World Series Preview

It’s hard to not like both of these teams.

Both the Royals and the Mets have middle-of-the-road payrolls. The Mets have the 15th highest payroll in the league while the Royals come in having the 14th highest.

Both the Royals and the Mets have pitchers that throw straight fire out of their arms. The Mets’ have the liveliest group of young starting pitchers in their rotation, while the Royals trot out a bullpen that seemingly hasn’t given up a run in two years.

To get to this point, they’ve both taken down the “favorites”. The Royals took out the Blue Jays, who many thought would just hit as many home runs as they needed to win every game. The Mets swept the Cubs, the darlings of the postseason who seemed to have fate and momentum (whatever that means) on their side. The Royals also had to go through the Astros, a team that resembled Kansas City of three years ago. The Mets didn’t have it any easier, as they had to deal with two Cy Young candidates that led the team with the highest payroll in the league, the Dodgers.

You might as well flip a coin when it comes to picking the winner in a seven game baseball series. The sample size is too small to draw any logical conclusions, and we all know momentum from series-to-series is a figment of our imagination. See Cubs, Chicago. We could break down the matchups, but baseball will always be baseball for a reason. Variance from game-to-game, inning-to-inning, and pitch-to-pitch, will always win out in the end. No matter what statistic you rely on, you can’t predict what is going to happen in any minute of a baseball game. You can make an educated guess, some more educated than others, but there is no statistic that accounts for variance within a baseball game.

That being said…I’m going to make a prediction. This is a blog after all, right?

The matchup that everyone will be discussing is the Mets pitching against the Royals hitting. The first interesting stat I found tells me that there might not be any walks in this series. The Royals took the second-fewest walks of any team in the MLB this season while the Mets’ pitchers walked the second-fewest batters. So the Mets pitch to contact. Well, sort of. They also allowed the sixth fewest hits during the regular season. Conversely, the Royals compiled the second highest amount of hits during the regular season.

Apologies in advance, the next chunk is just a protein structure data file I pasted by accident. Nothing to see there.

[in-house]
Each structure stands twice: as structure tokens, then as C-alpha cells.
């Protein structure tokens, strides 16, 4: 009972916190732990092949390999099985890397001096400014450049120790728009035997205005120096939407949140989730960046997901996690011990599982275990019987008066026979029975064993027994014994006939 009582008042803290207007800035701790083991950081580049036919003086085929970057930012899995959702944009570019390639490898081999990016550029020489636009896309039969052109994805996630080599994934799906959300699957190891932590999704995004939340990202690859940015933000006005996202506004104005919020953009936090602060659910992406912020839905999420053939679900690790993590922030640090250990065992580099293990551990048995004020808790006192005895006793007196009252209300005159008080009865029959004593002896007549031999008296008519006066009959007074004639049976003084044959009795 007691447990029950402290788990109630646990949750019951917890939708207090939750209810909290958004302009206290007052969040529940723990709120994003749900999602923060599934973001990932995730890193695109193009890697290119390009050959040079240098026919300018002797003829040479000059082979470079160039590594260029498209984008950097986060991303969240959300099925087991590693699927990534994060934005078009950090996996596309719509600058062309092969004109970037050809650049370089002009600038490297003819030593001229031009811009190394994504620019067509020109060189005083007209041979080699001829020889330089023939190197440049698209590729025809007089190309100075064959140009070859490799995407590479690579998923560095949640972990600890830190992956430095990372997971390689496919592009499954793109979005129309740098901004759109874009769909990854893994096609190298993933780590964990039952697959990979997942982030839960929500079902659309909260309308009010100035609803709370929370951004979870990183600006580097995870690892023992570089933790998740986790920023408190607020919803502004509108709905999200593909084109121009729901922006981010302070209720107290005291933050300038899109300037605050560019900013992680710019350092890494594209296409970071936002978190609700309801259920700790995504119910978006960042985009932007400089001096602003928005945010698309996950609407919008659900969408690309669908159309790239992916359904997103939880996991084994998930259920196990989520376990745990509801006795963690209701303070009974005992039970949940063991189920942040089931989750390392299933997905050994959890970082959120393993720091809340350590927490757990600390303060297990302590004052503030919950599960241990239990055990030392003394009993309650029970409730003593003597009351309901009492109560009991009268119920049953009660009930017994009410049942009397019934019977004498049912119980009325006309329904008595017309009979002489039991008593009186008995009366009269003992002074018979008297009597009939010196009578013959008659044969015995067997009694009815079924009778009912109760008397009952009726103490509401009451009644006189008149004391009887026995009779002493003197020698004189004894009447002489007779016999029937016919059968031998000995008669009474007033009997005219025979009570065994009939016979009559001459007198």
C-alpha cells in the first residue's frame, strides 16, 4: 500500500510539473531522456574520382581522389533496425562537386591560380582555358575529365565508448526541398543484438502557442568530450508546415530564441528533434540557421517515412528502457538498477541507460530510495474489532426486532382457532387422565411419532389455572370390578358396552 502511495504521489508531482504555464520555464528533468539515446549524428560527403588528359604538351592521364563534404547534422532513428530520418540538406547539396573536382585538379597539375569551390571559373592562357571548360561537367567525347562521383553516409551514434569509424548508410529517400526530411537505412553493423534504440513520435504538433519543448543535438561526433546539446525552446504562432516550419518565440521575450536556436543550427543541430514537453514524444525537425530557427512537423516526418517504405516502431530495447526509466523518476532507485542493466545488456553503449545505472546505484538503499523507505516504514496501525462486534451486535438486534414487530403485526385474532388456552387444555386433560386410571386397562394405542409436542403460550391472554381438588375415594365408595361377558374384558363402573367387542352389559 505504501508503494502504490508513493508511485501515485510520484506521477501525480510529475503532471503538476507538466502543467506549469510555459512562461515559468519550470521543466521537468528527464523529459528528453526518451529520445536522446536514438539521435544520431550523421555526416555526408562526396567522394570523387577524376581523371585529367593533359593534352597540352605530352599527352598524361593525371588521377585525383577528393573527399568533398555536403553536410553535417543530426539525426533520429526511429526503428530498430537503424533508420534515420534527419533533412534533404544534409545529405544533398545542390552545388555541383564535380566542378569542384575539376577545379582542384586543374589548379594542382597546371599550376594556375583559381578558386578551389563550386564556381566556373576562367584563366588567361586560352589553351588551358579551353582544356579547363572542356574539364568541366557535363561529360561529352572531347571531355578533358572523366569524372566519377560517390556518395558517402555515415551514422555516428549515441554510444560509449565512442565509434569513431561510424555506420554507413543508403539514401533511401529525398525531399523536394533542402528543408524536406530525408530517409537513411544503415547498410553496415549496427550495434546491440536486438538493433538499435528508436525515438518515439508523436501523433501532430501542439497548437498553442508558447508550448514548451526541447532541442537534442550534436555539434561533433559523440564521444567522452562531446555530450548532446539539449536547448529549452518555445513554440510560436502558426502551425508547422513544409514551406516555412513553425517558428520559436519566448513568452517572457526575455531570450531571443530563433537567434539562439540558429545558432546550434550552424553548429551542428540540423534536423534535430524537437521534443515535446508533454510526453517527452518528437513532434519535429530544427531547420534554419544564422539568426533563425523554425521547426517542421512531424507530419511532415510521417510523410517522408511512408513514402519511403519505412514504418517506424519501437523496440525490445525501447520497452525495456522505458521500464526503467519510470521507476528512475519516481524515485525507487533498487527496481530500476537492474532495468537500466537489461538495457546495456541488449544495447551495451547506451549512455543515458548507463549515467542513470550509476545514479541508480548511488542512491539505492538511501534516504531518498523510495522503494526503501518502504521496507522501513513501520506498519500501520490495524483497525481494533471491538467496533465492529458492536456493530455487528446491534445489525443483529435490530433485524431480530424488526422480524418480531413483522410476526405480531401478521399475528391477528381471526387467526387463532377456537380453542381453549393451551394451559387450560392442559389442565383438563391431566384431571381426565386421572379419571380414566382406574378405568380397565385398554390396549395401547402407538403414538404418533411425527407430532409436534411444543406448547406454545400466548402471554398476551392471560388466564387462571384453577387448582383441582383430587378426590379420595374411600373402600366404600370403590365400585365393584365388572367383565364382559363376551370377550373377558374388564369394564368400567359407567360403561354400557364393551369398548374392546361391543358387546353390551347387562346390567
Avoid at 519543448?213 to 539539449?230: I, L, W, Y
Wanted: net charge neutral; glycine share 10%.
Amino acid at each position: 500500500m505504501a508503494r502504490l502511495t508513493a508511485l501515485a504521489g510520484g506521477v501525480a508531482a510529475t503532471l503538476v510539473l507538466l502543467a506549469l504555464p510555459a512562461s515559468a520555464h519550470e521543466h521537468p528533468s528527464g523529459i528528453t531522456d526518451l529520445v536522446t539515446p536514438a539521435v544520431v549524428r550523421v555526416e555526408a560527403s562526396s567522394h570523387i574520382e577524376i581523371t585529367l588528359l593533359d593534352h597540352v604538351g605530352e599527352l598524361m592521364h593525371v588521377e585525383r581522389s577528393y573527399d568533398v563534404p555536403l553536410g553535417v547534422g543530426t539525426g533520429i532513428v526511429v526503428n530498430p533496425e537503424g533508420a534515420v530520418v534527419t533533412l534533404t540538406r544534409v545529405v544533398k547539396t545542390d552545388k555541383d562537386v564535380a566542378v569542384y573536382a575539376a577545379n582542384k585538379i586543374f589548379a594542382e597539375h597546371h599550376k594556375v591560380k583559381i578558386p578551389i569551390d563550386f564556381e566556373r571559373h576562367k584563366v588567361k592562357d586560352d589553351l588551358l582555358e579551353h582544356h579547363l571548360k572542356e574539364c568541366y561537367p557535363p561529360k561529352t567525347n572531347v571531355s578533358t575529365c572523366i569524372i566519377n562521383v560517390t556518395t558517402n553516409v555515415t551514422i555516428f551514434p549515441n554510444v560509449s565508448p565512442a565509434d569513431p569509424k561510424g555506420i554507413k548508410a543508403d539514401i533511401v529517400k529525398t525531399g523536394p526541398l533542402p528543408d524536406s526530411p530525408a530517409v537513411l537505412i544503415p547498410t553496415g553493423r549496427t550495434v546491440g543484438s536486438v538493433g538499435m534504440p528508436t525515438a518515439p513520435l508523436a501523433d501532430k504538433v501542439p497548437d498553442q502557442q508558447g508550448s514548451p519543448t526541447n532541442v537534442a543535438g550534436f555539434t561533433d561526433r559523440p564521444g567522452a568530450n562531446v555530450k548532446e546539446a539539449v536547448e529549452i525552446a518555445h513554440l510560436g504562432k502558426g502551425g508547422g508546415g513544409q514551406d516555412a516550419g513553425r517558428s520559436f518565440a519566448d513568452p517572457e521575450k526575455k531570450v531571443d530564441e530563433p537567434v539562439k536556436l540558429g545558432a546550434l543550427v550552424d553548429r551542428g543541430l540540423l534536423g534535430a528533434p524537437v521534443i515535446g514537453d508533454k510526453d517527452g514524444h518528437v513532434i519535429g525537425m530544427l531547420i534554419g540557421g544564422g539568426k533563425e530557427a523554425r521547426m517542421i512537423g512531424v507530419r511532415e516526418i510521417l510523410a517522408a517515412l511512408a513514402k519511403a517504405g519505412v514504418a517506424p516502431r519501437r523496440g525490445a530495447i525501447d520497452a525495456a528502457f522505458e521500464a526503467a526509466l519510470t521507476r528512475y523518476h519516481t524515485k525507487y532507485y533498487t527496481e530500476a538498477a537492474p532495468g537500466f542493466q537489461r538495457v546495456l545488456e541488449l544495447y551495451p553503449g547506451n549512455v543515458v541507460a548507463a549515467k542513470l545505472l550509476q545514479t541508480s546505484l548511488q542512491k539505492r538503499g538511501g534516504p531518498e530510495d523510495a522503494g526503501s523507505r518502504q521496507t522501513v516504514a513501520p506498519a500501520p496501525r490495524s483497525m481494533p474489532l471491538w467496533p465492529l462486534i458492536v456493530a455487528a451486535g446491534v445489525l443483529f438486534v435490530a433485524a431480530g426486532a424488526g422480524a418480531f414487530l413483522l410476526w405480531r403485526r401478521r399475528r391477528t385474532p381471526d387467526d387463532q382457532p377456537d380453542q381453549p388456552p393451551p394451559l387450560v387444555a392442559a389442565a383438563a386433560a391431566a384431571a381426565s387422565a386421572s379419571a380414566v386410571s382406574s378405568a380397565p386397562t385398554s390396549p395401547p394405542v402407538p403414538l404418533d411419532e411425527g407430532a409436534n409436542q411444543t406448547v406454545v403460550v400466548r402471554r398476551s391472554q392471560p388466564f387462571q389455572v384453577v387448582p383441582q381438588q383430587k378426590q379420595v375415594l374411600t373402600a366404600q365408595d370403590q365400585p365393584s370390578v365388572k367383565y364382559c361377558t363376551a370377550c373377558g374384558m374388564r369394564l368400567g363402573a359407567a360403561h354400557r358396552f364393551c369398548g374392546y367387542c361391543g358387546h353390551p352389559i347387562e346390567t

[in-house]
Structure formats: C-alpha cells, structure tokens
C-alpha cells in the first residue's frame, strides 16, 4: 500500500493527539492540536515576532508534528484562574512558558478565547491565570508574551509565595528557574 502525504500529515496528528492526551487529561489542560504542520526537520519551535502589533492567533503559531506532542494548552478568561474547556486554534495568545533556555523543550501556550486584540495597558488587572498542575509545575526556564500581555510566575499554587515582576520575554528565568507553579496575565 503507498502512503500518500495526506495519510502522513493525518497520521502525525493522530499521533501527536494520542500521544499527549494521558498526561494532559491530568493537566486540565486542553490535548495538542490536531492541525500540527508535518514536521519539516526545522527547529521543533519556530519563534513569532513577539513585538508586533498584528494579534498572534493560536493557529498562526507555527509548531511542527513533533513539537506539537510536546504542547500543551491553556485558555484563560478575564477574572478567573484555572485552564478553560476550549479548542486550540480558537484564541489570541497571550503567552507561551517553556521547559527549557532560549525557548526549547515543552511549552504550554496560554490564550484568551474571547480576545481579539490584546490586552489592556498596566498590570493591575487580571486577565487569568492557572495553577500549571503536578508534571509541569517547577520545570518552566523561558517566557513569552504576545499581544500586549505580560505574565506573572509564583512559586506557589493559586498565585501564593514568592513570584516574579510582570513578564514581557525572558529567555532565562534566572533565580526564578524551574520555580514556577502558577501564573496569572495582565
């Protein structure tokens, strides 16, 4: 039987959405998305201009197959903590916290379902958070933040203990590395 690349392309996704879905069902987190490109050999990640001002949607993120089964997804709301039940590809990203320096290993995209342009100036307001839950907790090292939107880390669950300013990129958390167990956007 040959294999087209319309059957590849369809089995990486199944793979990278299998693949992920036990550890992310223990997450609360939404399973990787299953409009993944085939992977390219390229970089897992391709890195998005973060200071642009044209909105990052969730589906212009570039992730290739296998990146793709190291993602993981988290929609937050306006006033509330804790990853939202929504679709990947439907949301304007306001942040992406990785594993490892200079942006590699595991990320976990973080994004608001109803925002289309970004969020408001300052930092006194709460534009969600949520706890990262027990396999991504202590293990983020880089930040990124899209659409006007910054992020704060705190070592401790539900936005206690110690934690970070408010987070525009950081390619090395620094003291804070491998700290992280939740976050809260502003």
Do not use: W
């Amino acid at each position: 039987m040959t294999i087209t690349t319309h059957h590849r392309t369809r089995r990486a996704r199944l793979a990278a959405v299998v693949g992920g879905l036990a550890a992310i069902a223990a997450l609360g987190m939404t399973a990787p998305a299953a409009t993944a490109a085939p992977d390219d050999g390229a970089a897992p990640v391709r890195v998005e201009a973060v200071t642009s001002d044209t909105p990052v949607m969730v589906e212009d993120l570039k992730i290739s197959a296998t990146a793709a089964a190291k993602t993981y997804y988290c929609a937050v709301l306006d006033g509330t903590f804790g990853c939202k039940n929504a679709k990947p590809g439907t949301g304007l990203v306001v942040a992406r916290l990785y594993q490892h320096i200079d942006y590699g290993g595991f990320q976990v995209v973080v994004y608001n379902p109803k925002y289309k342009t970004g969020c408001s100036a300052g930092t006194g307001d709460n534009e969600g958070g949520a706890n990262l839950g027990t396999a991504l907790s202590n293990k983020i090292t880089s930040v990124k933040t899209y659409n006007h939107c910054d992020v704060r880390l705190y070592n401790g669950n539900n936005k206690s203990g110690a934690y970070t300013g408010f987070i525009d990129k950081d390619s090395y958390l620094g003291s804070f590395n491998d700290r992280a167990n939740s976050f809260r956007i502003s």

So whose is better at their best skillsets? Answer: the Royals. While the Mets come in at tenth in the league in strikeouts by their pitchers, the Royals struck out the least amount of times among all MLB teams throughout the season. When you put enough baseballs in play, they eventually fall in for hits. That is how the Royals obtained season-long success and how they are going to their second World Series in a row.

The Mets have also been riding the extremely hot bat of Daniel Murphy. While, again, I don’t believe in momentum, I do believe that there is such a thing as being “locked in” at the plate. However, that usually encompasses some luck as well. Murphy hit 14 home runs during the regular season and has left the park seven times this postseason. That is a surge of variance that is not likely to continue much longer. Also, Murphy played his last two games in an extremely home run friendly Wrigley Field. Now he is going to Kauffman Stadium, a field that plays just as big as it looks.

You’re going to see a ton of broken bat hits. You’re going to be watching this series and think “what in the world does it take to get these guys to swing and miss?” The Royals will win this series by frustrating the young Mets pitchers. A formula that worked against an all-or-nothing Cubs lineup will not work against a Royals team that has no problem taking a single. As long as Ned Yost doesn’t screw anything up, the Royals will be your 2016 World Series Champions.

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